My approach was to be friendly to everybody, and chat up anyone who would sit still. Going in, I more or less interviewed the guest relations volunteer who picked me up at the airport. (Hi, Dres!) Then I chatted up Tom Downey, head of guest relations, to the degree that he was free to talk to me amid pre-con madness. After I'd settled into my room, I went down to the lobby to people watch and talk to whoever was there. Met a very nice man named Joel, from Aegis, which led to me meeting Sal and a bunch of other Aegis folks. They gave me a place to take a break, fed me a few times, watched my belongings once or twice, and were generality crazy nice. (It turned out that was where Howard was hanging out as well.) Likewise, very early on I popped into the Green Room, where I met the League of S.T.E.A.M., who adopted me and dragged me around and introduced me to the members of Abney Park and a bunch of other musicians and performers and artists and photographers.
By being open to possibilities, I met a whole bunch of new people, some of whom bid fair to become good friends over time. Usually, I'm spending my free Con time with my old friends, meeting new people as they daisy chain into the world of writers, but that's a much more gradual process. World Steam Expo forced me to make new friends wholesale. And because of that, I got to do a whole lot of other things I would normally have missed out on, like being shot by the H.U.G. gun, or going backstage during the Abney Park concert to be part of the League of S.T.E.A.M.'s surprise on-stage raid on Captain Robert. Plus, there might be some cool new work shaking out of all this, just because. A writing project, at least, and maybe more.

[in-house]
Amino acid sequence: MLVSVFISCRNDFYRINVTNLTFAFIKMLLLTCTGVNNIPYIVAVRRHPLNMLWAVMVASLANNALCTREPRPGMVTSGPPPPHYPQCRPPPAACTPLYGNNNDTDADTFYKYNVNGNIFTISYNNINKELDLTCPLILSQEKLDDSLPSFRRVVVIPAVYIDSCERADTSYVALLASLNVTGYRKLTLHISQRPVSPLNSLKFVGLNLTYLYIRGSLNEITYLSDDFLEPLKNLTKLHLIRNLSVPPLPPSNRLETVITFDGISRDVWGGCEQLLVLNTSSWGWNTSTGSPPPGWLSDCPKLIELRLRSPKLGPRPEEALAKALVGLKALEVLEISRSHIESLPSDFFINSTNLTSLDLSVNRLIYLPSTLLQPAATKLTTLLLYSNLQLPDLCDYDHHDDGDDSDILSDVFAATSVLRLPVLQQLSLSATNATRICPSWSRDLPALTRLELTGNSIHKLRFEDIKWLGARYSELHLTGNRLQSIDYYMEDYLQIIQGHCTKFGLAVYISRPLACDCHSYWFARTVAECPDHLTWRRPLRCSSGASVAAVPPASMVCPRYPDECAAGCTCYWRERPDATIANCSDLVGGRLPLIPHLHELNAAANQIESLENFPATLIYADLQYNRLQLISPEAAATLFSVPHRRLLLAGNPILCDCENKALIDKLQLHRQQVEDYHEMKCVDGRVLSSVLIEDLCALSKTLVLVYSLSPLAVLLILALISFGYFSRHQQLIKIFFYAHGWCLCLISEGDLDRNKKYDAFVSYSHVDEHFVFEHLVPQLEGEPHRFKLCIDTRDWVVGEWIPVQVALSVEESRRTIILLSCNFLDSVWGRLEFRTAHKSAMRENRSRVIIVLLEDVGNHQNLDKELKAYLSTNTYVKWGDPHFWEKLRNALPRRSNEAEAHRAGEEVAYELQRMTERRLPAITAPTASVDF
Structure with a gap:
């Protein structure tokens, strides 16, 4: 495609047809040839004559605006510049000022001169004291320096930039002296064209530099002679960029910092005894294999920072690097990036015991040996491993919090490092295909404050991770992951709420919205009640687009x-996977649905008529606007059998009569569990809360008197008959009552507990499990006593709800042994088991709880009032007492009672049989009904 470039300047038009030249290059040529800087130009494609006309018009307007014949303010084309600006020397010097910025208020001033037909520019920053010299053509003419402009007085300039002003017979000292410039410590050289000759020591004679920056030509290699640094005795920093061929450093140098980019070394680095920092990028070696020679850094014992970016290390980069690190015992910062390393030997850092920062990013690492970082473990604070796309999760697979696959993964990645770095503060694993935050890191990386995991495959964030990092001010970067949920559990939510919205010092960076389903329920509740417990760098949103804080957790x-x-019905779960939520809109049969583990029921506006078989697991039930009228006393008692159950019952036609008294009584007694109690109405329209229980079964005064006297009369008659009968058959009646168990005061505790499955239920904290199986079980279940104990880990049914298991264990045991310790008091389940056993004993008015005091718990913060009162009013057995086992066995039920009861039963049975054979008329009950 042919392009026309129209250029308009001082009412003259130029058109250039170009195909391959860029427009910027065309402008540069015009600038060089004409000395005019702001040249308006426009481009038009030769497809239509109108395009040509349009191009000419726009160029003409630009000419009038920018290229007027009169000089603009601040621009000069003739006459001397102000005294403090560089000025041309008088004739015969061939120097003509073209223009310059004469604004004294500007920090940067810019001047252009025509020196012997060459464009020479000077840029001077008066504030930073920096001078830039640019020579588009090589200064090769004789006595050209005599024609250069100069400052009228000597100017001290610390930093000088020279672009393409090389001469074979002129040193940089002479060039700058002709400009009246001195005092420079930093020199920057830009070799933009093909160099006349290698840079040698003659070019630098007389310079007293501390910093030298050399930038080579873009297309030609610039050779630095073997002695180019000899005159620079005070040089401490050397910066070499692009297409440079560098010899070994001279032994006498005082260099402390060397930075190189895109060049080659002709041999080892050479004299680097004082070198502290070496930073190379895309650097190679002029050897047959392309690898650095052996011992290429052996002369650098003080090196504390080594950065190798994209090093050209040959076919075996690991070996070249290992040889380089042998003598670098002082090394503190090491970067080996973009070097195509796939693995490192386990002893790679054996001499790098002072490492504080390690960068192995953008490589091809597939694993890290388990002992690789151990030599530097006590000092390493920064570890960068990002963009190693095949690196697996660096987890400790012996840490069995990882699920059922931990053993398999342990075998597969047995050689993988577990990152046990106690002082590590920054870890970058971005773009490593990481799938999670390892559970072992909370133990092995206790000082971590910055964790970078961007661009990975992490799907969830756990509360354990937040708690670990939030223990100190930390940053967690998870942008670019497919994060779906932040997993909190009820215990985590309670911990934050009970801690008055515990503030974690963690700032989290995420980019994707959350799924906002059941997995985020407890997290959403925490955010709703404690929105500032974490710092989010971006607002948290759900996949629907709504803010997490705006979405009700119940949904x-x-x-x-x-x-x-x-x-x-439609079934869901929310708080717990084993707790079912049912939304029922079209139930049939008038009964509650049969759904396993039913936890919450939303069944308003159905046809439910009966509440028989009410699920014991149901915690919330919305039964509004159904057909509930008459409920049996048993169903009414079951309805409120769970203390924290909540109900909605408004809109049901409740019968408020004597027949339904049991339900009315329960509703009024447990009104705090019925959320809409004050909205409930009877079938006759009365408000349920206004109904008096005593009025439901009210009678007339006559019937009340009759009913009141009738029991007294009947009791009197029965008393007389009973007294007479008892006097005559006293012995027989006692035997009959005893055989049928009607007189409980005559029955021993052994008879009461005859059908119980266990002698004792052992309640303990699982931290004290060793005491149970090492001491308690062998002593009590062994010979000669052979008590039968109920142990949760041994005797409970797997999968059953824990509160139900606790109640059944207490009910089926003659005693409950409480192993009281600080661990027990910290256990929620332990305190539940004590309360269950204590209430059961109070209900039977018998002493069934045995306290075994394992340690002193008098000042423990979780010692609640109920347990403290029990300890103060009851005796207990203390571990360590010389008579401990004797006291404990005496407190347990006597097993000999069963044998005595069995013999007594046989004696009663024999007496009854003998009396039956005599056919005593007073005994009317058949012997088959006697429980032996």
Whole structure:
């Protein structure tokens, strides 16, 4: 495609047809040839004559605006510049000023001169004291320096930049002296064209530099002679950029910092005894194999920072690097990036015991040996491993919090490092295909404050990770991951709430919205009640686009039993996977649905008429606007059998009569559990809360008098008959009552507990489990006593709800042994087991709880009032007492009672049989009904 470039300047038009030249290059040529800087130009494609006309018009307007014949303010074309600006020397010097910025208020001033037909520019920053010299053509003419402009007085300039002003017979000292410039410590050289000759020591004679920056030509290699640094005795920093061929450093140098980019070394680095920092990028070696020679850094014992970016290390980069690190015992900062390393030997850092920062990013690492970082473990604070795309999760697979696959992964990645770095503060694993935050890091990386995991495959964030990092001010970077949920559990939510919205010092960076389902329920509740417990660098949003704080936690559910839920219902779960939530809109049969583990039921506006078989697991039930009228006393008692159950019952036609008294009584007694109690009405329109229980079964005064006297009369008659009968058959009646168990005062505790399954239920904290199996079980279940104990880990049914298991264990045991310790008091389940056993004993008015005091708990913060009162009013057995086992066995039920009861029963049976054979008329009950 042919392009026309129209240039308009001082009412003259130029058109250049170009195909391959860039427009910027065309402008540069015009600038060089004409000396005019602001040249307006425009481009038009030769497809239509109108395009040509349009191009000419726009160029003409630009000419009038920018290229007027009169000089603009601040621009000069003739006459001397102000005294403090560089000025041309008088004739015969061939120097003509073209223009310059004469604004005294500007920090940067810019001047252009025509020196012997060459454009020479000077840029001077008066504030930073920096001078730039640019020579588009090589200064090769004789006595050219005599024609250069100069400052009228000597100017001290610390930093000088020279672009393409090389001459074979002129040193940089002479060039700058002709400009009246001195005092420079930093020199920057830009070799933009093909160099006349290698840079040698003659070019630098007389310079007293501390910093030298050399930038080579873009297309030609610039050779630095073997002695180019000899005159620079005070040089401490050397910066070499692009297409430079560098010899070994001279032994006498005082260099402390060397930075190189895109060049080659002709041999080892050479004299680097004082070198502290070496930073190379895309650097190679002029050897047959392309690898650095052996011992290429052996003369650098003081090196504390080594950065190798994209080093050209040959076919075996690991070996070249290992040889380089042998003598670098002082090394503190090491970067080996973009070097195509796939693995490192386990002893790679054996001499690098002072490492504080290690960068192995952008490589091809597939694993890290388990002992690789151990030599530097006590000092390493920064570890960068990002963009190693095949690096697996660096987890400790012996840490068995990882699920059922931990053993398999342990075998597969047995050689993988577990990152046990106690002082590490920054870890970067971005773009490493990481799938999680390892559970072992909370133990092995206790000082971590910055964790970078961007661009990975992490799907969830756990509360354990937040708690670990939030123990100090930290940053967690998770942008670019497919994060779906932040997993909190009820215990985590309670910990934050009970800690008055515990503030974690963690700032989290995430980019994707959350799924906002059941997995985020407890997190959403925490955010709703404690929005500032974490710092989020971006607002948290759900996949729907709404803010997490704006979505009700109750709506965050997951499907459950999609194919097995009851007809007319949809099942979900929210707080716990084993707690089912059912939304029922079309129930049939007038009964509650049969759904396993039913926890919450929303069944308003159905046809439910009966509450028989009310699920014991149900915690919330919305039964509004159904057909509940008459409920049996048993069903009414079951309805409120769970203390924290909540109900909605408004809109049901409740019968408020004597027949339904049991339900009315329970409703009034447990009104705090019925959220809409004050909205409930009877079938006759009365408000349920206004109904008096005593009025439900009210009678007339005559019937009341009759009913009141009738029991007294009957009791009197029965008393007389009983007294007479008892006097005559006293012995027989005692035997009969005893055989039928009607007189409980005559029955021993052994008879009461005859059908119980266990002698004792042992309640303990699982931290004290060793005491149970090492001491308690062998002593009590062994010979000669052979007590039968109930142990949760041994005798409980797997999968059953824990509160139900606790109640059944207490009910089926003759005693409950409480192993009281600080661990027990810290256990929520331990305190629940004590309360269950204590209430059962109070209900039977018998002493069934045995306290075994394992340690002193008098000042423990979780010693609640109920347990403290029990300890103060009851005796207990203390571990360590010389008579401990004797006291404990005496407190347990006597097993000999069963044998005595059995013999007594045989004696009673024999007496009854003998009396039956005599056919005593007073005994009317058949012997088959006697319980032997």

What Does It All Mean?
Heck if I know what it all means. I'm not likely to change my convention-going habits. WriterLand is my home town, and you all are my friends. But I learned (or re-learned) some new ways to experience a convention. I made some terrifically fun new friends. And I should probably stretch my convention/conference habits when time and funds permit.
Also, I'd go back to World Steam Expo in a heartbeat if they invite me again in a future year. If you get a chance to attend, in any capacity, I can't recommend it strongly enough.